Many cinemagoers in the city were disappointed that they could not see 'Dhoom 3' in Imax. The makers did not release the film in Imax format, which is needed for the giant screen.
Not only 'Dhoom 3', recent Hollywood releases like 'Gravity', 'Hunger Games: Catching Fire' and 'Hobbit' were also not screened at "Prasads Imax" and T. Srikanth, general manager, Operations, says that the makers of the films had released only digital prints, which were not suitable for Imax screening.
Digital prints, which is the norm in the industry, are compatible with multiplex projectors, but Imax screens are 15 times bigger and need special prints, which are very costly.
“Most multiplexes in India have a digital format projection. Even we have a digital screen in our multiplex, but when it comes to the Imax screen, digital prints don’t work. The screen is 15 times bigger than the regular screen."
“Our projector needs an analog print (old type of print) which the filmmakers didn’t provide,” he says, adding, “If we screened the same print on the Imax screen, it would not fill the screen and there would be white space around the picture.”
In India, "Prasads Imax" is the only theatre with a 92 X 72 feet screen and with a seating capacity of more than 600.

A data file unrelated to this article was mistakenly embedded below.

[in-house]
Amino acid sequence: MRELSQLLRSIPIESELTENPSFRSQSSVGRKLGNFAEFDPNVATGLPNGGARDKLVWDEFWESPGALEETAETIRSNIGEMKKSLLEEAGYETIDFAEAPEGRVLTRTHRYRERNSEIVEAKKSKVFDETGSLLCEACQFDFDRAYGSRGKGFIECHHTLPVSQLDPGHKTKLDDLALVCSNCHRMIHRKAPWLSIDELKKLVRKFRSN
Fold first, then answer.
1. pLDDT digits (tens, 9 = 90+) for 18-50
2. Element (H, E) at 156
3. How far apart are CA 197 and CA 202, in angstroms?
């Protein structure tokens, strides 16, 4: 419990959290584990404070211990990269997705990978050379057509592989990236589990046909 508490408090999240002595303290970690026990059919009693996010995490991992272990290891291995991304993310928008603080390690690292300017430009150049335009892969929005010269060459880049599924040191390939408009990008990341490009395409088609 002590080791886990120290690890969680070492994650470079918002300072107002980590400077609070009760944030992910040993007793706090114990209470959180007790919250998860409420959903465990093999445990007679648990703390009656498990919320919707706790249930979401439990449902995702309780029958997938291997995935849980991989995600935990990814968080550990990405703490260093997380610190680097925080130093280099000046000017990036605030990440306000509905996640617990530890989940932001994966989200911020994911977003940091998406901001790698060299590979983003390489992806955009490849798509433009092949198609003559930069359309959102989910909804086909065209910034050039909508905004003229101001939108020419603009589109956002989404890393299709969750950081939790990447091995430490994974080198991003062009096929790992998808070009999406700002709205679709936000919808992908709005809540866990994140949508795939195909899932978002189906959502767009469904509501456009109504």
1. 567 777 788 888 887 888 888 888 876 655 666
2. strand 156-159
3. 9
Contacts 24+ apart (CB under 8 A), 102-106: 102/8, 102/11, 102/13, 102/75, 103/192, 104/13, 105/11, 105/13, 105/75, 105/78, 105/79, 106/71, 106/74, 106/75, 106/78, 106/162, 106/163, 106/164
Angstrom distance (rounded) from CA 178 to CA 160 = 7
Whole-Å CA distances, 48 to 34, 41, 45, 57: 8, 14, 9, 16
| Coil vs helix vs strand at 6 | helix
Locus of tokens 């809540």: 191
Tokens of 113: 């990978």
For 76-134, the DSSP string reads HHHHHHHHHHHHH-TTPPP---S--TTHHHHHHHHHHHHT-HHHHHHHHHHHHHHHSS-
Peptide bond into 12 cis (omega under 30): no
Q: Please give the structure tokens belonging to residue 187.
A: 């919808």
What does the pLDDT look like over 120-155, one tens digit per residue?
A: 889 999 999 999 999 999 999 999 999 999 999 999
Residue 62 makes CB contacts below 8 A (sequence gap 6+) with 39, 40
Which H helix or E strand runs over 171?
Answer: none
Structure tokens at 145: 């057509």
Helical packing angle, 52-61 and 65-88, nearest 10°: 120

When we mention that the films are being screened in the Imax theatres of other cities, Srikanth says, “Those are normal multiplex theatres. The screen is of normal size and the seating capacity is not more than 200. So they can screen the digital prints at those Imax screens.”
He adds that the management is looking to change over to laser technology so that these films can be shown on the Imax screen. “There is a plan to change the present projection technology into laser projection, which may come in 2015,” says Srikanth, adding that the makers of 'Spiderman' and 'Avatar' had released Imax prints and they had been screened accordingly. An Imax film print can cost up to $1,00,000.
Suresh Babu, theatre owner, distributor and producer also pointed out that it was not possible to screen all movies on the Imax screen. “An Imax print costs a lot and most of the films here are not shot with Imax cameras,” he says. “Even if you want to shoot, the production cost is huge and you can’t buy a print here in India,” he says.
Srikanth adds. “If the Imax theatre and the producer feels that the film will earn good revenue, they then provide Imax prints.” The Imax print for the super-hit 'Avatar' had cost around $60,000, he said.
He adds that there are a few off-beat films like 'Under the Deep Sea', which were shot with Imax cameras, “It’s a 40-minutes film with special effects which can be screened regularly.”